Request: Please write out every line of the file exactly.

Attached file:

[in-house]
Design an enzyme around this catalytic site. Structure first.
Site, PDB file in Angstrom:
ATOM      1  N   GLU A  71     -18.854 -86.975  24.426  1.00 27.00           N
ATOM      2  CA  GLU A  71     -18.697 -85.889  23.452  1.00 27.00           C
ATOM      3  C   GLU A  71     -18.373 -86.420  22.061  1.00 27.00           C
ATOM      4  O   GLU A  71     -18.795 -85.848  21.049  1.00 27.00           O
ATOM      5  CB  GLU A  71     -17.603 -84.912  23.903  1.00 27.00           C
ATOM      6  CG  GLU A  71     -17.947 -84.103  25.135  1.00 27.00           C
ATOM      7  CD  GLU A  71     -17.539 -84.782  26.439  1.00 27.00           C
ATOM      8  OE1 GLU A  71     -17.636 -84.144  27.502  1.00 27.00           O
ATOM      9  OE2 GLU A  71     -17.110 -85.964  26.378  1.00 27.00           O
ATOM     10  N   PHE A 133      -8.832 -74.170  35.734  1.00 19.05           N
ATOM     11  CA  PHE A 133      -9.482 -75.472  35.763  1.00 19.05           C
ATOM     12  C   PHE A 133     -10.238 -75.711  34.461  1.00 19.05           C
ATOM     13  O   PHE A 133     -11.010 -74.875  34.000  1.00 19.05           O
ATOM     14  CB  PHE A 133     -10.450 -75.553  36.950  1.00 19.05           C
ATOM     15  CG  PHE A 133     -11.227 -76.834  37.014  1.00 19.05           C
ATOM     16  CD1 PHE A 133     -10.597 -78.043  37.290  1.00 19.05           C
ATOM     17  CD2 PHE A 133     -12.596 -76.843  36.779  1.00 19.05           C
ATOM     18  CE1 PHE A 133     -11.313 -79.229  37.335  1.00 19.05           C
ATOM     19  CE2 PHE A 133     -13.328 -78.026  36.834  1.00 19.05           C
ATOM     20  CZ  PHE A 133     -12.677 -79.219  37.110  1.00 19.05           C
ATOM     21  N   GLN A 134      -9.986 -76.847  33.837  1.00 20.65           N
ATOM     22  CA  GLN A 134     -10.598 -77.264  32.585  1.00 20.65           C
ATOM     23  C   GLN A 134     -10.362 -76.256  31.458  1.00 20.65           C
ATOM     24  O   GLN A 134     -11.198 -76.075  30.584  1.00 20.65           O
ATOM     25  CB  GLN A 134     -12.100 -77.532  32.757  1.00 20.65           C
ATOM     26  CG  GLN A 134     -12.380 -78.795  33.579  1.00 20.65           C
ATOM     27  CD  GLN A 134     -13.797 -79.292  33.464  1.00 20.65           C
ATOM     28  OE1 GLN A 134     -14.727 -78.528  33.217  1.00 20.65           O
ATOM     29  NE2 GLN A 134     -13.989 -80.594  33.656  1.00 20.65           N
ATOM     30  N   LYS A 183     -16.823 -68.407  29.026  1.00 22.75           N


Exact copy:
[in-house]
Design an enzyme around this catalytic site. Structure first.
Site, PDB file in Angstrom:
ATOM      1  N   GLU A  71     -18.854 -86.975  24.426  1.00 27.00           N
ATOM      2  CA  GLU A  71     -18.697 -85.889  23.452  1.00 27.00           C
ATOM      3  C   GLU A  71     -18.373 -86.420  22.061  1.00 27.00           C
ATOM      4  O   GLU A  71     -18.795 -85.848  21.049  1.00 27.00           O
ATOM      5  CB  GLU A  71     -17.603 -84.912  23.903  1.00 27.00           C
ATOM      6  CG  GLU A  71     -17.947 -84.103  25.135  1.00 27.00           C
ATOM      7  CD  GLU A  71     -17.539 -84.782  26.439  1.00 27.00           C
ATOM      8  OE1 GLU A  71     -17.636 -84.144  27.502  1.00 27.00           O
ATOM      9  OE2 GLU A  71     -17.110 -85.964  26.378  1.00 27.00           O
ATOM     10  N   PHE A 133      -8.832 -74.170  35.734  1.00 19.05           N
ATOM     11  CA  PHE A 133      -9.482 -75.472  35.763  1.00 19.05           C
ATOM     12  C   PHE A 133     -10.238 -75.711  34.461  1.00 19.05           C
ATOM     13  O   PHE A 133     -11.010 -74.875  34.000  1.00 19.05           O
ATOM     14  CB  PHE A 133     -10.450 -75.553  36.950  1.00 19.05           C
ATOM     15  CG  PHE A 133     -11.227 -76.834  37.014  1.00 19.05           C
ATOM     16  CD1 PHE A 133     -10.597 -78.043  37.290  1.00 19.05           C
ATOM     17  CD2 PHE A 133     -12.596 -76.843  36.779  1.00 19.05           C
ATOM     18  CE1 PHE A 133     -11.313 -79.229  37.335  1.00 19.05           C
ATOM     19  CE2 PHE A 133     -13.328 -78.026  36.834  1.00 19.05           C
ATOM     20  CZ  PHE A 133     -12.677 -79.219  37.110  1.00 19.05           C
ATOM     21  N   GLN A 134      -9.986 -76.847  33.837  1.00 20.65           N
ATOM     22  CA  GLN A 134     -10.598 -77.264  32.585  1.00 20.65           C
ATOM     23  C   GLN A 134     -10.362 -76.256  31.458  1.00 20.65           C
ATOM     24  O   GLN A 134     -11.198 -76.075  30.584  1.00 20.65           O
ATOM     25  CB  GLN A 134     -12.100 -77.532  32.757  1.00 20.65           C
ATOM     26  CG  GLN A 134     -12.380 -78.795  33.579  1.00 20.65           C
ATOM     27  CD  GLN A 134     -13.797 -79.292  33.464  1.00 20.65           C
ATOM     28  OE1 GLN A 134     -14.727 -78.528  33.217  1.00 20.65           O
ATOM     29  NE2 GLN A 134     -13.989 -80.594  33.656  1.00 20.65           N
ATOM     30  N   LYS A 183     -16.823 -68.407  29.026  1.00 22.75           N